The works of Ruud van Empel can be seen as appearances of photographic depictions of the world – a double illusion, in fact. Because they are not photographs, but works created after hundreds and even thousands of hours of editing and composition, from patiently collected and selected photographs of the representation of an imaginary world which playfully resembles what we want to be believe to be the photographic representation of a dreamlike universe. If such a practice is made possible today by the progress of digital technology which has revived the long-forgotten production of photomontage, it is rooted in the determination to craft image and not to “take” photographs. Whereas all these images at times seem devoid of challenge other than their underlying aesthetic, they could ask or question, albeit implicitly, what the identity and social challenges of appearance are today, and by extension involve the notion of futility in the real as much as in its representations.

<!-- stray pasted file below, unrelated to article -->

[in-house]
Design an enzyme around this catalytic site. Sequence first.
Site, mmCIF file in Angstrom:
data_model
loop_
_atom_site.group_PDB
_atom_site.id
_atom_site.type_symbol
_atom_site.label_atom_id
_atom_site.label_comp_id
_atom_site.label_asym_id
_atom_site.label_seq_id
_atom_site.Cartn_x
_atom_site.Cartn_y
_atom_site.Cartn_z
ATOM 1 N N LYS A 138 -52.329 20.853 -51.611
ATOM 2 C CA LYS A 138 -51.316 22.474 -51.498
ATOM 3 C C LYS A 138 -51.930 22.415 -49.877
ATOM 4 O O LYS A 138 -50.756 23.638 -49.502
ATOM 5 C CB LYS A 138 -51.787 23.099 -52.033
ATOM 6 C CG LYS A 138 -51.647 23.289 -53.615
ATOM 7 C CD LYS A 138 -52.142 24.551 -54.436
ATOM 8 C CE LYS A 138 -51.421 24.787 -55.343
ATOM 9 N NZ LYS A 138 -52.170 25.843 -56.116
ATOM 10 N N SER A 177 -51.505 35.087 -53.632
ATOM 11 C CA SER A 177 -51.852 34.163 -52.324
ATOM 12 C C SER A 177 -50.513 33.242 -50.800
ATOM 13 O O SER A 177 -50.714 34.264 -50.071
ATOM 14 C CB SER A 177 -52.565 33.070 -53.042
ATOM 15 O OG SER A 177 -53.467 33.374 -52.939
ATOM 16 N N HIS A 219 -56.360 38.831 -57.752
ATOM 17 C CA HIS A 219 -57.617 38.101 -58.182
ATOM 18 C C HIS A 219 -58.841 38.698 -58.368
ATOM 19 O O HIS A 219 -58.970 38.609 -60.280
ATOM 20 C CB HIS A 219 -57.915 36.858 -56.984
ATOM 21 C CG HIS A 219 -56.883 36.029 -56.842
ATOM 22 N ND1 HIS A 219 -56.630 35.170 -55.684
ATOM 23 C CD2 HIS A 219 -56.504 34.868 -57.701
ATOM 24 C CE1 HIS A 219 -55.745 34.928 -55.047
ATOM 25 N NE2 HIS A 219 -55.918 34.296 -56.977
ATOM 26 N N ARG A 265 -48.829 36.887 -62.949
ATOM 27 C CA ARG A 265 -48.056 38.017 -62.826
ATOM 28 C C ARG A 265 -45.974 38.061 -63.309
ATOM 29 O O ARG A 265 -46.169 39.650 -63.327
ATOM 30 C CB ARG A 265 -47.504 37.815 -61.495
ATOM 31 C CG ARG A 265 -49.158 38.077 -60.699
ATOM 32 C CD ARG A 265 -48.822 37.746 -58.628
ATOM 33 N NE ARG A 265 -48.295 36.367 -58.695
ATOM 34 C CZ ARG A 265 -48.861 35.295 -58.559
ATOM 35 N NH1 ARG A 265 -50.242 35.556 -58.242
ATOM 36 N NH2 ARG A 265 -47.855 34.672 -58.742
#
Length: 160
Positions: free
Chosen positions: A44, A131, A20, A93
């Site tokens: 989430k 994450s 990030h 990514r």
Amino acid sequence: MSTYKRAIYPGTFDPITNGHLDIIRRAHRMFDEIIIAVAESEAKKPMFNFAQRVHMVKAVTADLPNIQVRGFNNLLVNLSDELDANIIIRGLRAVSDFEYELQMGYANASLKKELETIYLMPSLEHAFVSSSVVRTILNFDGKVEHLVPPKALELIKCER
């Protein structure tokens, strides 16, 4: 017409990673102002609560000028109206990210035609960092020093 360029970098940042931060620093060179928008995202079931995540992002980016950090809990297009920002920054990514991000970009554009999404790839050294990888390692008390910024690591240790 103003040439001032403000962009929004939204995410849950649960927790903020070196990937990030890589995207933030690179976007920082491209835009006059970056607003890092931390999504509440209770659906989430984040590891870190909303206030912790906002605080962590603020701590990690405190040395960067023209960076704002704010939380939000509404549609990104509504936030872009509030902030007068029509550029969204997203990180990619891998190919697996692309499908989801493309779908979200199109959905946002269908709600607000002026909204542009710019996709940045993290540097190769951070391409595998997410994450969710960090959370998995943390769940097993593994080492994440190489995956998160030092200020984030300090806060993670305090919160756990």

The work of Ruud van Empel is clearly part of the digital age, a post-photography era which dominated the making of the world’s memory in the 20th century. It is part of the world of the image and clearly takes into account the fact that digital imagery today finds itself in the situation that photography went through in its beginnings, when it had only painting and drawings as an explicit visual reference. For his part, Ruud van Empel today assumes the dual heritage of photography and painting. A digital painter, he has managed to switch from black and white to colour during his career, from the inventory and documentation of the portrait, to arrive at vibrant abstractions of images of nature today. A contemporary plastic artist, he illustrates perfectly certain issues raised by Joan Fontcuberta or Fred Ritchin, starting with the change of status or functionality of the producer of visual propositions. What is the point, in fact, of continuing to apprehend reality by means of a camera, when millions of our contemporaries are dumping images that they produced using their smartphones – up to the point of making this visual onslaught invisible or illegible. Long considered a marginal profession, the choice becomes as – if not more – important than the fact of producing images. Ruud van Empel combines two functions: that of editor of images drawn from his selection – a memory, a potentiality for him, but to which we have no access – and that of creator of images. And he plays with the nature of photography and our perception of it. While practicing figuration, he keeps reality doubly at a distance, because what precedes his creations is no longer the tangible world, but photographs on which he relies. A complex game of plastic, graphical and visual combinations, which we do not really know how to characterize, which look like photographs that they are not in order to appeal and surprize us first, then get us to doubt, and finally to try and think what we are in process of looking at and what “it” means.